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East Spencer remembers former police chief, mayor John L. Rustin Sr.

Remembering Rustin

John L. Rustin Sr., left, in 1989, the year he was elected mayor East Spencer. He is shown with longtime fellow town aldermen John Noble. Salisbury Post file photo

John L. Rustin Sr., left, in 1989, the year he was elected mayor East Spencer. He is shown with longtime fellow town aldermen John Noble. Salisbury Post file photo

John L. Rustin Sr.

John L. Rustin Sr.

By Shavonne Walker

shavonne.walker@salisburypost.com

EAST SPENCER — John L. Rustin Sr. was a part-time police officer for the town of East Spencer during a time where he had no authority when it came to the arrest of white suspects. He had to wait for the white police chief to arrive. It was 1952.

Fast forward 22 years and he would become the town’s police chief. It’s been said he was North Carolina’s first black police chief, but no records exist to substantiate that fact, which didn’t seem to matter to “John L.” as many knew him.

Rustin would hold the position as chief until 1987, when he suffered a stroke that forced him to retire. The former chief didn’t let the stroke slow him down and almost immediately ran for mayor that same year. He lost that year, but was elected to the office in 1989. The retired lawman, former mayor, and youth advocate, died this weekend at the age of 91.

“He loved his town,” said daughter Gwendolyn Rustin.

Rustin served his community in several capacities, including being employed at Isenhour Brick and Tile, now Boral Brick, while at the same time serving as a police officer. He was elected alderman in 1993, 2001 and for the final time in 2005, when his declining health led to him step down.

“He didn’t want to,” Gwendolyn said, “he wanted to keep giving.”

Rustin’s mother died in her late 30s, and in order to help keep him off the streets he lived with an aunt in Washington, D.C. his daughter said.

He was educated in Washington schools, but upon graduating Rustin returned home to North Carolina. It was in Washington in 1935 that his interest in law enforcement was spawned when he was inspired by a resource officer.

“He always liked to give people a chance,” Gwendolyn said.

He often tried to keep people out of jail, saying, “I’m going to give you a break, but I don’t want to see you again,” she said.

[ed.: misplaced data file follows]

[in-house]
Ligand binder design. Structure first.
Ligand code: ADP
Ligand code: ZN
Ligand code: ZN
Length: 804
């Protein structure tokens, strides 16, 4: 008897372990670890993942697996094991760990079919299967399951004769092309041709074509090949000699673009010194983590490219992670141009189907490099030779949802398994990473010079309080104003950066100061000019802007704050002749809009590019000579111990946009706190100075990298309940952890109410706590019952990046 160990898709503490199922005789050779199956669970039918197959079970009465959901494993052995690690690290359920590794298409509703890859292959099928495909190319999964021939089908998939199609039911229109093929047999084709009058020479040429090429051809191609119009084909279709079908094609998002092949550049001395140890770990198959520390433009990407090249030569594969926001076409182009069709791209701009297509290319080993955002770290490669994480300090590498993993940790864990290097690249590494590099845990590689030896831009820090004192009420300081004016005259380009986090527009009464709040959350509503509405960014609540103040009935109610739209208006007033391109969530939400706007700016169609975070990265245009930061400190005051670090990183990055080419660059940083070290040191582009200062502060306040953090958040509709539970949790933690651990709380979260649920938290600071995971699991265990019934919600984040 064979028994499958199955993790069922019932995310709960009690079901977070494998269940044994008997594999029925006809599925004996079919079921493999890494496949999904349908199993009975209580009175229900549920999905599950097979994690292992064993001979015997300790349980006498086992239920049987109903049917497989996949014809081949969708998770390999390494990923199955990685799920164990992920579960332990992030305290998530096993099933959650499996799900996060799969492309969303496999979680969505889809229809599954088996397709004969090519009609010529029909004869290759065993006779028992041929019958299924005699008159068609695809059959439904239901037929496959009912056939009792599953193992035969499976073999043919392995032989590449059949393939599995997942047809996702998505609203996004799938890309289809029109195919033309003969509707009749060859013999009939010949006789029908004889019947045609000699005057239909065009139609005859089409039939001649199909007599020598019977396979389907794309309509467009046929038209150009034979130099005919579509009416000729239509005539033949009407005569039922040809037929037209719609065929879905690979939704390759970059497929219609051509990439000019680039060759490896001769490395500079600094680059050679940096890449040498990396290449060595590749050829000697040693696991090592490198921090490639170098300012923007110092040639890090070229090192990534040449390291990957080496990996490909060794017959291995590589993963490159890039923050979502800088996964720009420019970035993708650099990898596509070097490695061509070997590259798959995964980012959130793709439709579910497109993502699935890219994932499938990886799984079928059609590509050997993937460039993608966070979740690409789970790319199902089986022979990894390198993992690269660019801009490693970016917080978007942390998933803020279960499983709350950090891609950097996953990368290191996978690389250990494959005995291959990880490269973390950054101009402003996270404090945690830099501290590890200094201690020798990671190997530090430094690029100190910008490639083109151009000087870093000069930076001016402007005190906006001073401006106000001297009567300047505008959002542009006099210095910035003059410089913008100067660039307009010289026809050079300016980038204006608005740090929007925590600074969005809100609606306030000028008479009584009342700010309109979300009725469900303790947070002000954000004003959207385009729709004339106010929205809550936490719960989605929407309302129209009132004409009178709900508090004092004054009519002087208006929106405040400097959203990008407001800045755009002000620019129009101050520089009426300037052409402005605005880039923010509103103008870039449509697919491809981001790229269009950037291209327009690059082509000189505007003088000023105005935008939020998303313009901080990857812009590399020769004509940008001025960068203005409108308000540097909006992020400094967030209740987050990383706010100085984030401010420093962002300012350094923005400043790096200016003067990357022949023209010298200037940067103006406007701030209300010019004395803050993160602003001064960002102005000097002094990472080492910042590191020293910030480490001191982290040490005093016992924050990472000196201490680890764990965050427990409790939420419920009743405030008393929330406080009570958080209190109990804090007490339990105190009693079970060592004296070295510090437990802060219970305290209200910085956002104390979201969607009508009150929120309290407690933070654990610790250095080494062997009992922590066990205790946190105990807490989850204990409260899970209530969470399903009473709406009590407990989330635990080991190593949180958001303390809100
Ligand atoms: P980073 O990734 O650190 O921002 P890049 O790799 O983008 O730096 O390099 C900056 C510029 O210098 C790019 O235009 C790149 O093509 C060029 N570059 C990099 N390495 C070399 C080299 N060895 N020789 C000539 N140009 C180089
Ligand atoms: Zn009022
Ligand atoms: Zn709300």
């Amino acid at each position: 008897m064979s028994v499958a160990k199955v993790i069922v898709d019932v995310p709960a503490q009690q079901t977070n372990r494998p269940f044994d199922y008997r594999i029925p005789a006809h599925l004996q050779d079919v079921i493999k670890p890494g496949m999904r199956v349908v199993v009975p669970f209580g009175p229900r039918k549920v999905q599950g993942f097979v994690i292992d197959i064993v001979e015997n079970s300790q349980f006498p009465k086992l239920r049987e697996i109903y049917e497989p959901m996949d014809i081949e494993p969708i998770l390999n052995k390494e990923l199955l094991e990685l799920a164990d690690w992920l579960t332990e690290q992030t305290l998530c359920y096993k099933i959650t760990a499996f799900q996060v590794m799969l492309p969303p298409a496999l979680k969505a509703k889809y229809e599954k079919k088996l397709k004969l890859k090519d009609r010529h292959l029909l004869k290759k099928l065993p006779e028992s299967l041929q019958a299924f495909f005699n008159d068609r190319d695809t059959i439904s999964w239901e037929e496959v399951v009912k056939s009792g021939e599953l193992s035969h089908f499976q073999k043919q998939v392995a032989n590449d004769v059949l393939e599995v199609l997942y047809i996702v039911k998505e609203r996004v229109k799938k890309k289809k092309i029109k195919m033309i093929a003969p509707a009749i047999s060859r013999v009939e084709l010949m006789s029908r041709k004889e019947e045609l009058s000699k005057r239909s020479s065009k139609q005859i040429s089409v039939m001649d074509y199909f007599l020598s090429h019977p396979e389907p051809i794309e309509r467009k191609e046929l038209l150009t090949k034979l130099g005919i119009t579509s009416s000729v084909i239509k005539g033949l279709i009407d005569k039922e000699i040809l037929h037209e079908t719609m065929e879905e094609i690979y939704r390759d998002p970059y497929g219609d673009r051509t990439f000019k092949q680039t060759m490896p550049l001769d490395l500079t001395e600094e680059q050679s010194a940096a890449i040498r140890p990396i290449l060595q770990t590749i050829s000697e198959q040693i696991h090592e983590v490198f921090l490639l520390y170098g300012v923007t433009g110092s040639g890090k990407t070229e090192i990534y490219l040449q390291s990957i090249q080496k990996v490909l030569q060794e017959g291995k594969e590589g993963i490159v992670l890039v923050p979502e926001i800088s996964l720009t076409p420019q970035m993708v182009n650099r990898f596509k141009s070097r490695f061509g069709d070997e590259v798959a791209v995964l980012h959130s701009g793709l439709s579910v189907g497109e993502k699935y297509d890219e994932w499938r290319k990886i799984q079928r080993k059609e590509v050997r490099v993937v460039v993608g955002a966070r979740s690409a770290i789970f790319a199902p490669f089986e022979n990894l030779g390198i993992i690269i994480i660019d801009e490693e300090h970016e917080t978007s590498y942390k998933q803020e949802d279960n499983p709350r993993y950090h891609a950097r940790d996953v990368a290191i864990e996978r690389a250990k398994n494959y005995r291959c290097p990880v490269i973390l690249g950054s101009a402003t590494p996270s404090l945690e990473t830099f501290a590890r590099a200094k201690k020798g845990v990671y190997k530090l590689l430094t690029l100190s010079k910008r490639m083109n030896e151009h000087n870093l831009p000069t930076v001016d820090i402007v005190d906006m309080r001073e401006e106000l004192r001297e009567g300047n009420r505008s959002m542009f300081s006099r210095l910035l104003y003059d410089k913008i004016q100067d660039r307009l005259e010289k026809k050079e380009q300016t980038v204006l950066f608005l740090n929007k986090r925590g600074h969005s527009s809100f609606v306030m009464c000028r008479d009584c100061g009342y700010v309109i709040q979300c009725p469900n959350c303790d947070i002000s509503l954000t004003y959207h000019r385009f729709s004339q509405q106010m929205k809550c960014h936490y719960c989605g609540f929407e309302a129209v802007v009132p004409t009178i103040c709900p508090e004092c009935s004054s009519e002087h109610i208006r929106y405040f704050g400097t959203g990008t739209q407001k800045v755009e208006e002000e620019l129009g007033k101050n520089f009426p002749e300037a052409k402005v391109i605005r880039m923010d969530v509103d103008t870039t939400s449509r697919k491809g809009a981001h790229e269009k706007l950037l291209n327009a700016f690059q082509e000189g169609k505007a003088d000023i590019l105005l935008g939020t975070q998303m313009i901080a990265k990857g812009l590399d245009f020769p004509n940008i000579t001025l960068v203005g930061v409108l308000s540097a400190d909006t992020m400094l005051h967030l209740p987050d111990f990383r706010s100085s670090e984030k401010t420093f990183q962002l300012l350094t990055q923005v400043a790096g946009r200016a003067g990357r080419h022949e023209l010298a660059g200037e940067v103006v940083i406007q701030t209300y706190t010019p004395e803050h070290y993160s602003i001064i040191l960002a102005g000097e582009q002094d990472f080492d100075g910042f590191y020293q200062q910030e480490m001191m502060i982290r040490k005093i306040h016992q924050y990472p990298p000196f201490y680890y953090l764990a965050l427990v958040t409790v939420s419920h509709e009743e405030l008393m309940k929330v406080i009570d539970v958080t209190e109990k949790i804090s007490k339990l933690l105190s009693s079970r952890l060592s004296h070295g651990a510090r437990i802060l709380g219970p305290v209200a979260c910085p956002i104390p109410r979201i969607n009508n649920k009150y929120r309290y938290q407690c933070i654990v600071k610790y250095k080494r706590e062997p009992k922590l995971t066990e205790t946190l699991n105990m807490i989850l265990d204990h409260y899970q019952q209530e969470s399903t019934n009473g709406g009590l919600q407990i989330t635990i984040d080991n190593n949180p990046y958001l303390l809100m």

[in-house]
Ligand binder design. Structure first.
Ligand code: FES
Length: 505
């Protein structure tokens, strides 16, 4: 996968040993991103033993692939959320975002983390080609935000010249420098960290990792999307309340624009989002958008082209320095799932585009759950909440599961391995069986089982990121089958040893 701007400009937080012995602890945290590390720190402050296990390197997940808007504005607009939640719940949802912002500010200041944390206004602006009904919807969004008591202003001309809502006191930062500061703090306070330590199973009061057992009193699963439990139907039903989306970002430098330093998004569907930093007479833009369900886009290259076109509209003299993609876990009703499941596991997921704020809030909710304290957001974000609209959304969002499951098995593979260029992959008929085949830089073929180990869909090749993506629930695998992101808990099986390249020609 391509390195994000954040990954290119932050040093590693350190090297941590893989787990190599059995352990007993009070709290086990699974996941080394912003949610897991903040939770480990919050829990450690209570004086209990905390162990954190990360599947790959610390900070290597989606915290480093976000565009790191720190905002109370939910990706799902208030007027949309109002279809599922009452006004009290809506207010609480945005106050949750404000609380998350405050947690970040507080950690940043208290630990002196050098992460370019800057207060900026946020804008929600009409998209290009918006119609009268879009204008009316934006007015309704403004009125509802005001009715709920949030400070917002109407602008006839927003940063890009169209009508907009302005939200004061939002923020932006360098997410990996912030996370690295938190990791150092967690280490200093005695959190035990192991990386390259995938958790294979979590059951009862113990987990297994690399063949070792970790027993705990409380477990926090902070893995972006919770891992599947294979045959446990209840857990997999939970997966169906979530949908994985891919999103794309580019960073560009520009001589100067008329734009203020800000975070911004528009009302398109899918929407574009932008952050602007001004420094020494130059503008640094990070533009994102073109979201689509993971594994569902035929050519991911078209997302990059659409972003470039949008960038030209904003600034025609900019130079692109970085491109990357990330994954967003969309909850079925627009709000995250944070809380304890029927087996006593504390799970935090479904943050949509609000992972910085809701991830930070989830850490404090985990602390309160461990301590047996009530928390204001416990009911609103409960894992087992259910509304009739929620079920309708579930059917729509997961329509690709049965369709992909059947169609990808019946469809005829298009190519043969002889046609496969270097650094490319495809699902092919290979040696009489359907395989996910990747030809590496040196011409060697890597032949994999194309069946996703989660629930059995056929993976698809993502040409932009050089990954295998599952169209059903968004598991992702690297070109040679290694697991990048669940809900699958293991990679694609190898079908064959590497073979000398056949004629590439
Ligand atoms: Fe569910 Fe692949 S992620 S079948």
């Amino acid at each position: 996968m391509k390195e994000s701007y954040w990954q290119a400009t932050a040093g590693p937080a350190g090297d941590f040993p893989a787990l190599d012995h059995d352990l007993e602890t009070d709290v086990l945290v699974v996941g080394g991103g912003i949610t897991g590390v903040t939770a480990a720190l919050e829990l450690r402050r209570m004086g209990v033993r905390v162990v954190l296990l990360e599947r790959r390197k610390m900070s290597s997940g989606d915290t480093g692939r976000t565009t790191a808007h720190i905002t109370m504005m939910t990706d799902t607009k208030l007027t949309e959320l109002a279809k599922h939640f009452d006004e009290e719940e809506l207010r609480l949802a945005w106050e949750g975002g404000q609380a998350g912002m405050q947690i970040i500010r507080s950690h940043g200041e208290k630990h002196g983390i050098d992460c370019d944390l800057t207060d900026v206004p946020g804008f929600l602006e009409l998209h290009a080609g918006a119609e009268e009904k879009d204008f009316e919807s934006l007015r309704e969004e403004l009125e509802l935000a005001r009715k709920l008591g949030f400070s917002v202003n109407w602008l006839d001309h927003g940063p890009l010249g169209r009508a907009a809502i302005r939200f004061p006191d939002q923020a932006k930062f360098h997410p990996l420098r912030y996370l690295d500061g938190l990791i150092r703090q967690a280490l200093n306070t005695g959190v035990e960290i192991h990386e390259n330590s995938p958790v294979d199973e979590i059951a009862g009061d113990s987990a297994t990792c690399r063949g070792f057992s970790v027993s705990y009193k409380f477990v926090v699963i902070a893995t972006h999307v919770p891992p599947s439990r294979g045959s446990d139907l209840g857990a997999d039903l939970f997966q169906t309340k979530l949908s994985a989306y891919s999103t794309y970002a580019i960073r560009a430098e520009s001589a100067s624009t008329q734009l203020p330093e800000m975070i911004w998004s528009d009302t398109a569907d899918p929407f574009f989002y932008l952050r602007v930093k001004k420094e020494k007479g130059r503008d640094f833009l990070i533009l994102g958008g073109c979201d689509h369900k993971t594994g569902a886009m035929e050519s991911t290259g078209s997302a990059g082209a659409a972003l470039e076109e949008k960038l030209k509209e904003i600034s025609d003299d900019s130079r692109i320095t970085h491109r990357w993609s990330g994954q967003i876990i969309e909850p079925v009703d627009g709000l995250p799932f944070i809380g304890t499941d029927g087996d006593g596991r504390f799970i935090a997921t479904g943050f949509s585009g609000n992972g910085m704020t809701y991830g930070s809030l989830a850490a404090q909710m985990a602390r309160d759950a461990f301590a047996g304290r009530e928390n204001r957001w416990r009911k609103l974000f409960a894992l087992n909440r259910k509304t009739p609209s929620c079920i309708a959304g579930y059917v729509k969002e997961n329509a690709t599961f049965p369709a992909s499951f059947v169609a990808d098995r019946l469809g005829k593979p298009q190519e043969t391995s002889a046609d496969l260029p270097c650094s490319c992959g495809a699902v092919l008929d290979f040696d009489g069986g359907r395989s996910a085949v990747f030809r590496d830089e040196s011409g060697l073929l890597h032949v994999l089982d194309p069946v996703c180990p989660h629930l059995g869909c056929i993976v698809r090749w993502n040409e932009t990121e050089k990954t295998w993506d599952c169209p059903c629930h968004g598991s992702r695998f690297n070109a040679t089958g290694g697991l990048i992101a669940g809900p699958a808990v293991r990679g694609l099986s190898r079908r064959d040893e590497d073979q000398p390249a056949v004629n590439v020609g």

Her father did it because he believed in giving others an opportunity to make it right.

“My sympathy goes out to the family, friends and the citizens of East Spencer,” said Mayor Barbara Mallett, who served as town clerk when Rustin was in office.

She said as she looks around town, there are many people who were influenced by knowing Rustin and people who have “become successful by his legacy in the town of East Spencer.”

“One thing I know that kept East Spencer safe he knew ‘community policing’ before the term became popular today. Chief knew everyone, and he helped everyone, the parents and the children,” Mallett said.

“He built his life on service to others,” she said.

He was community minded from the schools where he was PTA President to church where he was chair of the trustee board at one time, and as an army veteran where he served his country, Mallett said.

“The town of East Spencer will greatly miss the man we all came to know and love, the person we call ‘Chief,’ ” she said.

He served on several boards throughout the years including the Rowan Chamber of Commerce, the Civitan Club and Peace Officers Association. He was a life member of the local NAACP and N.C. Association of Chiefs of Police.

Rustin was a recipient of the Martin Luther King Jr. Humanitarian Award and in February 2011, Rustin received the Order of the Long Leaf Pine, North Carolina’s highest civilian honor. A street, located beside the East Spencer Post Office,was named in his honor. He was a lifelong member of Southern City Tabernacle AME Zion Church in East Spencer, where he served in almost every capacity and office.

He served in the military during World War II and was honorably discharged in 1947. He was married to the former Ella Mae Cockerl and together they had six children — Gwendolyn “Gwen,” Loretta, John L. Jr., Leroy, Zollie and Neal.

Contact reporter Shavonne Walker at 704-797-4253.

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